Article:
A while back, Meg wrote a post about wedding planning, and why the lessons she learned during the process have ended up coming in handy outside the context of wedding planning (in that instance it was navigating pregnancy). I’m finding this to be true for me as well, but less in the logistical way that Meg talked about, and more in the emotional work of coming to terms with how I transition from one stage of my life to the next (read: often with much kicking of the feet). For us, the next transition will probably include kids. Part of the reason I’ve been pressing to include more parenting conversations on APW is because I think the way we talk about parenthood in our culture right now is really troubling. There are so many labels and acronyms and so very few real conversations about how people are approaching the decision to have and raise a child in this day and age. And frankly, I just want to know what my options are. Or really, that I even have options. So this week, in addition to your regularly scheduled wedding content, we’ve asked a few familiar faces to join in a conversations about parenthood as it pertains to home and work. Today we start with our own Liz, as she navigates working from home while also taking care of a kiddo during the day. This week we’ll also hear from Meg on the wonders of daycare, as well as longtime reader Brandi on her experiences as a stay at home parent. While these perspectives certainly don’t even graze the complete possibilities of parenthood, my hope is that through them we can begin to expand our conversations on Parenthood out from June Cleaver and into something a bit more like real life.
It was just about two years ago that I left my job to be home with my son. But, it was just about a year ago that the internet informed me of its disapproval of that decision.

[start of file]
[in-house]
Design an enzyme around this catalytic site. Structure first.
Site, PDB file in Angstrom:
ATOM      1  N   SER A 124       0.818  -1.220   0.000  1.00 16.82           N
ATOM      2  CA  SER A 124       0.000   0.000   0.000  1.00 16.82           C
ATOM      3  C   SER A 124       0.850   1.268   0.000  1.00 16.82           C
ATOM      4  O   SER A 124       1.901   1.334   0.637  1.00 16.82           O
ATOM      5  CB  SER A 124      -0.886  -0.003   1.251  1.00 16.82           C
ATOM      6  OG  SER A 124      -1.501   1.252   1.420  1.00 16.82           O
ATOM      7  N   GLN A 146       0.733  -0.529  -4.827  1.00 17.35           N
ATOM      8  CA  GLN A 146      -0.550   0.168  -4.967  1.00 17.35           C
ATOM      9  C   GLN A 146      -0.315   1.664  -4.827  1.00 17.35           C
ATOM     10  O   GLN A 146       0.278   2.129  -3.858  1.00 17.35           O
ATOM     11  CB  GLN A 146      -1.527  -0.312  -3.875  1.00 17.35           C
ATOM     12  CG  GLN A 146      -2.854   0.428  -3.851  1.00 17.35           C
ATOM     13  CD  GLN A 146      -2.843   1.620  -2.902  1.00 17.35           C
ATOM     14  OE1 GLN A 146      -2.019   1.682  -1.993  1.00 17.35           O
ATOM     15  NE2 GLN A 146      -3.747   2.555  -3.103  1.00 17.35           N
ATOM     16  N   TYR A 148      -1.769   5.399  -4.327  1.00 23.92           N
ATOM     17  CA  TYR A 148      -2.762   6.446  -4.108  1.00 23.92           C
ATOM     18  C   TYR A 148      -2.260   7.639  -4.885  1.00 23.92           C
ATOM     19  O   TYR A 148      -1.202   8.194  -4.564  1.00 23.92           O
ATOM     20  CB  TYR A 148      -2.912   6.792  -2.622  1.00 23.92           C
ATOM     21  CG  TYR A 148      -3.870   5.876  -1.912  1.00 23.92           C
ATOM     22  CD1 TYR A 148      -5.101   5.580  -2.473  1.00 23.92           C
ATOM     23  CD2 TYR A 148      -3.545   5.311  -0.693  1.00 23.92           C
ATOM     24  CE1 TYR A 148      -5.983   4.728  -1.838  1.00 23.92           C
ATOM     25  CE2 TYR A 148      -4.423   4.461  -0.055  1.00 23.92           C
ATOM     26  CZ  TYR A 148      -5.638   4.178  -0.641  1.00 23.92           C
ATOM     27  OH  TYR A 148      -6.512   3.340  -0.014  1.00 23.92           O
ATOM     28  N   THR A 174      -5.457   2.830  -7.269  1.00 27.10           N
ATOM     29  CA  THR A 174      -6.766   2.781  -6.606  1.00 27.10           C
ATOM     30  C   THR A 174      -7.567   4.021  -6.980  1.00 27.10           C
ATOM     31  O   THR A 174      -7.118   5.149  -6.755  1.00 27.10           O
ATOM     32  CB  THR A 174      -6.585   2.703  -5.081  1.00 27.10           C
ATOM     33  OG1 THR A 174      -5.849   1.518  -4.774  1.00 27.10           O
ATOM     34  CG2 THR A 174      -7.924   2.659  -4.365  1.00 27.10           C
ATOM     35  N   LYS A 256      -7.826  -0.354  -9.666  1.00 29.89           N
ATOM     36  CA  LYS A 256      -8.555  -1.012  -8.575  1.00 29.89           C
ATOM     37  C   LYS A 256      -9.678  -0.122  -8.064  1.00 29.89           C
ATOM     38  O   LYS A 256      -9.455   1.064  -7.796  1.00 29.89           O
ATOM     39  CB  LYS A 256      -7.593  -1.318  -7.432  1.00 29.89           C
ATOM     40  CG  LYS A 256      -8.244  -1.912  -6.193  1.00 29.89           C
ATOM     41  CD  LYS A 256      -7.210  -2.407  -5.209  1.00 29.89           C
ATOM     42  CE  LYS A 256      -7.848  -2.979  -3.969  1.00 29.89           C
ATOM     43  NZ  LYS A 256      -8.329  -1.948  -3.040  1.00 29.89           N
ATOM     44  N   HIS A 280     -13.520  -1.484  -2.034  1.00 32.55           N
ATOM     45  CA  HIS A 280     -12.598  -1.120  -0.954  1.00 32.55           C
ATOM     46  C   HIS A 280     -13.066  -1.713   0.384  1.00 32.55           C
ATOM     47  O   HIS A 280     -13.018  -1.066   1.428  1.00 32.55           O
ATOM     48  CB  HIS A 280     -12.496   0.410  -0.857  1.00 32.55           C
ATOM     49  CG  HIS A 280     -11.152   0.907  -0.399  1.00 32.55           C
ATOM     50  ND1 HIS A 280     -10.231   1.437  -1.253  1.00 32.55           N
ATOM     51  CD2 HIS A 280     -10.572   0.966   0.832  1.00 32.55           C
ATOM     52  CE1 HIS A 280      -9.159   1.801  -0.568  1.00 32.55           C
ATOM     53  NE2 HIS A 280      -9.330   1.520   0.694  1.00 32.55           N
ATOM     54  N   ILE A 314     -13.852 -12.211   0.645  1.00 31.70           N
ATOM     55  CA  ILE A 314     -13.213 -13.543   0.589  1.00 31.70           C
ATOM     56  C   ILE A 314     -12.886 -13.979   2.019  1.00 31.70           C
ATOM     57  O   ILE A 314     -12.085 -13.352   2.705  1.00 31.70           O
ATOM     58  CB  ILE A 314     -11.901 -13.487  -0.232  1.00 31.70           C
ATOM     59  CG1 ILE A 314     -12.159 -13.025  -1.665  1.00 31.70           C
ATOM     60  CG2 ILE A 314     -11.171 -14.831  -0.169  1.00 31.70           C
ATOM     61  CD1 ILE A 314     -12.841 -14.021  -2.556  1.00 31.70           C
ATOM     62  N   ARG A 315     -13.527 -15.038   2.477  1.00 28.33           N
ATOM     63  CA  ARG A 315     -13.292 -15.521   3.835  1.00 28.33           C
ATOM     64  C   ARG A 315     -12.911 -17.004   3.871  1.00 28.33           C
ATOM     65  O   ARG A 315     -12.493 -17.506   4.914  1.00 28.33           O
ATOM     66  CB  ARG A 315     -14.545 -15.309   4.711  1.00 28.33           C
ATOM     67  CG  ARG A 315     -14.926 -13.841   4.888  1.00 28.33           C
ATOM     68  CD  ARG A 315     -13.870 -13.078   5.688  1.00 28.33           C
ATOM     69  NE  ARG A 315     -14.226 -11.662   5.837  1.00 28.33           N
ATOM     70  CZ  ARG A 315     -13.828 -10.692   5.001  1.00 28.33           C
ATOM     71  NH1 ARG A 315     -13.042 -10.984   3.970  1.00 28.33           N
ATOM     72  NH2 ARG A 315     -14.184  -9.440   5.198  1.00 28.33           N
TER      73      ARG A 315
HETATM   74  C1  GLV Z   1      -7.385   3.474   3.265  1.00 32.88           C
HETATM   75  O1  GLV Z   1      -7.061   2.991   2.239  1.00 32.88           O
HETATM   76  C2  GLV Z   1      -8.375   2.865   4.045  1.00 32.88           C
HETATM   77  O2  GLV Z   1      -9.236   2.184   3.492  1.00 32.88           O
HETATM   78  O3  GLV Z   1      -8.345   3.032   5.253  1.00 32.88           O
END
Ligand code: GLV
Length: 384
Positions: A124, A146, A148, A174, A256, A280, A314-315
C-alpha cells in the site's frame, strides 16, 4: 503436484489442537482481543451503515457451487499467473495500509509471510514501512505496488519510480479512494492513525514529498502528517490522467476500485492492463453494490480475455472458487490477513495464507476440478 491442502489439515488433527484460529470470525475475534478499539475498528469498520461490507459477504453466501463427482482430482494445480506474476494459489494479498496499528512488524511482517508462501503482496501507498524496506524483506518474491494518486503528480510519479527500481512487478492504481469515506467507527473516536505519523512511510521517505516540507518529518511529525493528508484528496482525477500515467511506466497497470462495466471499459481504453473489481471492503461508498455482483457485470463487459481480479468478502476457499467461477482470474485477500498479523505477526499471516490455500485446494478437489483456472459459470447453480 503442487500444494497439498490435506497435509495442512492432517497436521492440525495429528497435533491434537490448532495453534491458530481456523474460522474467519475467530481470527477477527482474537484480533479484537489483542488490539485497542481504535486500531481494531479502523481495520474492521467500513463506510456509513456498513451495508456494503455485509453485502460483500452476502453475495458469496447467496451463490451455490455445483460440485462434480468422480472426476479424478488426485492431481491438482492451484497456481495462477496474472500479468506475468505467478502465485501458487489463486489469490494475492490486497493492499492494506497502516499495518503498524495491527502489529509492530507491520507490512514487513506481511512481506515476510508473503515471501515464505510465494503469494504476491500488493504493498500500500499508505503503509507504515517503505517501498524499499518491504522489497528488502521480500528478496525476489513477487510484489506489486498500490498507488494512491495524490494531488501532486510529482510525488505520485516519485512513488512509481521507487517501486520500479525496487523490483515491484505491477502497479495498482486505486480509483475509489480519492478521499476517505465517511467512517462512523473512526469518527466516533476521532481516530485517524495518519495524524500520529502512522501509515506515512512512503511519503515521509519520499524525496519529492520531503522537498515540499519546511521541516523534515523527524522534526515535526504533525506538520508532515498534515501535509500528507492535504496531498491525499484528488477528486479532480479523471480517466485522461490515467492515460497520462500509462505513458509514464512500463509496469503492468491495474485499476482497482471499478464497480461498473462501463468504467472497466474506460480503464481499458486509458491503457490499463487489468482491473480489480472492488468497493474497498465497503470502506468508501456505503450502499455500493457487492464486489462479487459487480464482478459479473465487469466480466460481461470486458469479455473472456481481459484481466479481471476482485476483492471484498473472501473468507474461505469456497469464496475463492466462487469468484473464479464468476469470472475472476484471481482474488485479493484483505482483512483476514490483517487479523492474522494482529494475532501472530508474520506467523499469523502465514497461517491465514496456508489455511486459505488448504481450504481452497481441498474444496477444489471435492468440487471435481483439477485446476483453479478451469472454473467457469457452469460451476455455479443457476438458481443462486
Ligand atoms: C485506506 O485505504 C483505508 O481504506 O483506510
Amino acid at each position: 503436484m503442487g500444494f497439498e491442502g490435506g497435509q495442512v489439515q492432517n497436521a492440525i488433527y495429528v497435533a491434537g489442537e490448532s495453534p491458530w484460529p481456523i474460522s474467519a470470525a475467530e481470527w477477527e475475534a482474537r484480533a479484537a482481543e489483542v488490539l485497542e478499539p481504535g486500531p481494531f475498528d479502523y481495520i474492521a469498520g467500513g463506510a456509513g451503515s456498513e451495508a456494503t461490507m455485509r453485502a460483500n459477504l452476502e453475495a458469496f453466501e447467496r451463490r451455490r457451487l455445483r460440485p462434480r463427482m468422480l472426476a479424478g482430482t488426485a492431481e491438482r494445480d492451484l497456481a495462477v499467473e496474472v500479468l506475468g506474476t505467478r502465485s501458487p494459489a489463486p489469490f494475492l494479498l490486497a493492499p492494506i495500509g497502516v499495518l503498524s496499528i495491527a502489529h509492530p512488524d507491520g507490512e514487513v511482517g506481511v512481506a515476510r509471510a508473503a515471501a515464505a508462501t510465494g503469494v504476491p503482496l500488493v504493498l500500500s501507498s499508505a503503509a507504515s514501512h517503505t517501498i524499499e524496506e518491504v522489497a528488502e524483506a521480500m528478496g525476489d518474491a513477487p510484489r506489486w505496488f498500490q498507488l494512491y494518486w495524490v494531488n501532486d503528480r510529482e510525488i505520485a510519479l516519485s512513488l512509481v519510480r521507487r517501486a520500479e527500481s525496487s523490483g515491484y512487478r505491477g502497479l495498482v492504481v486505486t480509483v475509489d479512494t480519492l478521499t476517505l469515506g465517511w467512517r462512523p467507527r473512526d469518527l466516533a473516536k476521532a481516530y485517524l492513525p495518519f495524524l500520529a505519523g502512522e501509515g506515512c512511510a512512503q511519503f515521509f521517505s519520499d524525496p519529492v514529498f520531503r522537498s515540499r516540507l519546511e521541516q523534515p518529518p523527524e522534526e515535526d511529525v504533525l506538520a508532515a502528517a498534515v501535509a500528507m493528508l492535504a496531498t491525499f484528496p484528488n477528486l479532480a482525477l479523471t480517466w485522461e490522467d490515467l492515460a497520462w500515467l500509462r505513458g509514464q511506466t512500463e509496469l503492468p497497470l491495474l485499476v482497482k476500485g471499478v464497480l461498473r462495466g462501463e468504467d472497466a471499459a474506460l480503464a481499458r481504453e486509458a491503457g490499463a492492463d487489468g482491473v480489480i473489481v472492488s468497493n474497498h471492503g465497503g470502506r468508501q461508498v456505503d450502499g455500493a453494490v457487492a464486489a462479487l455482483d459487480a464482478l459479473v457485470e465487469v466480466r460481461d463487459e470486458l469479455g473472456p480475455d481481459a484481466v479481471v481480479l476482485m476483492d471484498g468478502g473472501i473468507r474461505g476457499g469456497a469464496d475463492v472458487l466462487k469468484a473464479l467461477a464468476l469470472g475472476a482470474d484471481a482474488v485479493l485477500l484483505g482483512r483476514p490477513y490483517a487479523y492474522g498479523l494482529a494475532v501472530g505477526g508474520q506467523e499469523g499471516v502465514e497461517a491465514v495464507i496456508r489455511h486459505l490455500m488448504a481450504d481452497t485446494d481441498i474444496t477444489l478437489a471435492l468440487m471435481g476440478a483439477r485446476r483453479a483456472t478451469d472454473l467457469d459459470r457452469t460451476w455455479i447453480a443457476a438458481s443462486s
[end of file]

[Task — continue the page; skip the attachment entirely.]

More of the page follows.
It’s funny how something like, “to stay home or not to stay home,” feels a very black-and-white sort of choice when you’re talking about it on the internet, where everything is in single dimension. In reality, the decision was all sorts of blurry shades of gray. Rather than a choice of this-or-that, it was a matter of weighing a load of different factors together. My husband and I thought about who was having an easier time finding lucrative work, who had aspirations outside of a just-bill-paying job, and who wanted to be home. We weighed issues of finance, emotion, time, career path, family, and on and on against one another. It was complicated.
But it wasn’t something entirely unfamiliar. That’s what we’d been doing for all the Big Stuff up until that point. Where to live? Take this job or that? Go back to school? Each decision rolled out pretty much the same litany of factors, just with different importance each time. Having a baby was no different, just, yet again, made the factors shift a bit in weight. Complicated, tricky, but old hat.